Ousted prime minister Thaksin Shinawatra's integrity and assets could be restored through another legal process without the need to enter a trade-off with an unconstitutional amnesty procedure, the Nitirat Group said on Thursday.
Worachet Pakeerut, left, suggests the parliament set up a new committee to reconsider the second reading of the amnesty bill. (Photo by Apichit Jinakul)
Worachet Pakeerut, a core leader of the Thammasat University's Enlightened Jurists Group, or Nitirat, said the group was not proposing an amnesty for the former premier. Instead it was suggesting that post-coup legal actions, including Thaksin's assets seizures following rulings by the now-defunct Asset Scrutiny Committee and other trials initiated after the coup, should be annulled.
Nitirat has emerged as a fourth pressure group after previously supporting the ruling Pheu Thai Party and the Yingluck Shinawatra administration. It has now formulated a clear stance in opposition to the party's efforts to transform the protester-only amnesty bill - tabled by Pheu Thai MP Worachai Hemma - into a wholesale amnesty.
Relatives and survivors from the April-May 2010 crackdown, some core members of the red-shirt United Front for Democracy Against Dictatorship (UDD) and progressive red-shirt splinter groups led by Red Sunday have expressed strong opposition to Pheu Thai's move to pass the wholesale amnesty.
Mr Worachet suggested Pheu Thai could still save face by voting down the current vetting process and re-process in a constitutional manner by setting up a full-parliament subcommittee to vet, article by article, Worachai's amnesty bill which was approved by the parliament's first reading.
He said Pheu Thai's intention to exempt those charged under Penal Code Article 112 from the amnesty bill was in contrast with the people's principles.
"The amnesty is to deal with types of offences that were related to or affected by the political conflicts since the coup. So how do the lawmakers know at this stage whether the 112-charged inmates are from political conflicts?" the Thammasat associate law professor said.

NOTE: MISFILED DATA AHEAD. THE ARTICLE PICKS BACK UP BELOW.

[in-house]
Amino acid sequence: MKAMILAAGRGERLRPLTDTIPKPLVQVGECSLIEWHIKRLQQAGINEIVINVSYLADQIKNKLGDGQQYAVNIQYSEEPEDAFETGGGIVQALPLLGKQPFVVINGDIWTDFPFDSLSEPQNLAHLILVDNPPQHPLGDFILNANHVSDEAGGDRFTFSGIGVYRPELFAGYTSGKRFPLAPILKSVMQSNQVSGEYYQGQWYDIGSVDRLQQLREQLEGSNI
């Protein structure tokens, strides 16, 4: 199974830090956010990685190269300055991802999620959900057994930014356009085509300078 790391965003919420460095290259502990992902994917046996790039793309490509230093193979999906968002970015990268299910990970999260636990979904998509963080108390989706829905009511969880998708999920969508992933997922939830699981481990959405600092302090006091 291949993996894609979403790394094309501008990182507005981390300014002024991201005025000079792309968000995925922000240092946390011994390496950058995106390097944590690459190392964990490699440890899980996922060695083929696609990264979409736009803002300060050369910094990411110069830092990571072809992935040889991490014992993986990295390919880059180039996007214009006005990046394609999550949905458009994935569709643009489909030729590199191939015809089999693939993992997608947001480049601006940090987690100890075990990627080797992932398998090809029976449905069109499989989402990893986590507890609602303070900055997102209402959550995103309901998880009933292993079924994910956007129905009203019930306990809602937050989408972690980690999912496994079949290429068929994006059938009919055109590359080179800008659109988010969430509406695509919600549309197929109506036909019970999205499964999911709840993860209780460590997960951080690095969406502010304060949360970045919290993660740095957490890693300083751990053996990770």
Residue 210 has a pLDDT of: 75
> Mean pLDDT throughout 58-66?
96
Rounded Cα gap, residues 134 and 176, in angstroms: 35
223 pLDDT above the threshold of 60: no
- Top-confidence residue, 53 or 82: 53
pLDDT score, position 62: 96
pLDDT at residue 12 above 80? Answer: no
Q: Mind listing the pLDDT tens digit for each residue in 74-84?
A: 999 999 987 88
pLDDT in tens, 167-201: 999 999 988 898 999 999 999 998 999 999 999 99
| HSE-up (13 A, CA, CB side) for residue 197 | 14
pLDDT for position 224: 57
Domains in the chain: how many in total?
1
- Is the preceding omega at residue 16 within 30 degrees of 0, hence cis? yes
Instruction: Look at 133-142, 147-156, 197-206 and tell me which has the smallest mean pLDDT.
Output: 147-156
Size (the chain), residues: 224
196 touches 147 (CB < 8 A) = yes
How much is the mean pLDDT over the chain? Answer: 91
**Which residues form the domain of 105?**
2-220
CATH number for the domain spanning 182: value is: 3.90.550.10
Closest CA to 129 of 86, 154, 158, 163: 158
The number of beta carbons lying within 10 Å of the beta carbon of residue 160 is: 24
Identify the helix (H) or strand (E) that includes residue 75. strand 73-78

He said restoring justice to those whose rights and assets were stripped by the coup needed a decent means, not short-cut and unconstitutional efforts.
Thaksin, said Mr Worachet, should be given back his assets and if there are to be any corruption charges, they must be re-processed later under normal law, not the coup-initiated mechanisms.
Piyabut Saengkanokkul, another Nitirat member, said changing the original version with a specific timespan for amnesty from Sept 19, 2006-May 2007 to 2004-Aug 8, 2013 might open room for unnecessary interpretation to include any crackdown by the authorities.
Senator Kamnoon Sittisaman earlier suggested that the expansion of the amnesty timeframe might include the military crackdown in the Krue Se and Tak Bai incidents.
Mr Piyabut also ridiculed some Pheu Thai and pro-Thaksin supporters for suggesting that the new version of the amnesty bill could pave way for the efforts to bring Abhisit-Suthep to the justice at the International Criminal Court (ICC).
Thailand was not yet an ICC signatory and the Thai foreign minister has not announced ICC jurisdiction over a particular case, so what was the point of an amendment to the amnesty bill to confuse red-shirt supporters.
Sawatri Suksri, another Nitirat member, said the changed version would not bring about justice but instead reassert conventional tenets that the authorities, either those giving the orders or the executors, could continue with impunity.
Ms Sawatri was referring to the Nitirat proposals since January that a new charter, rather than a new amnesty bill, could annul the post-coup legal consequences.
"It is a quicker and less cumbersome procedure with a charter-rewrite, but it requires the political will of the majority," said Ms Sawatri.
Mr Worachet said the Worachai bill, not the changed version, would still help to secure the release of the red-shirt prisoners.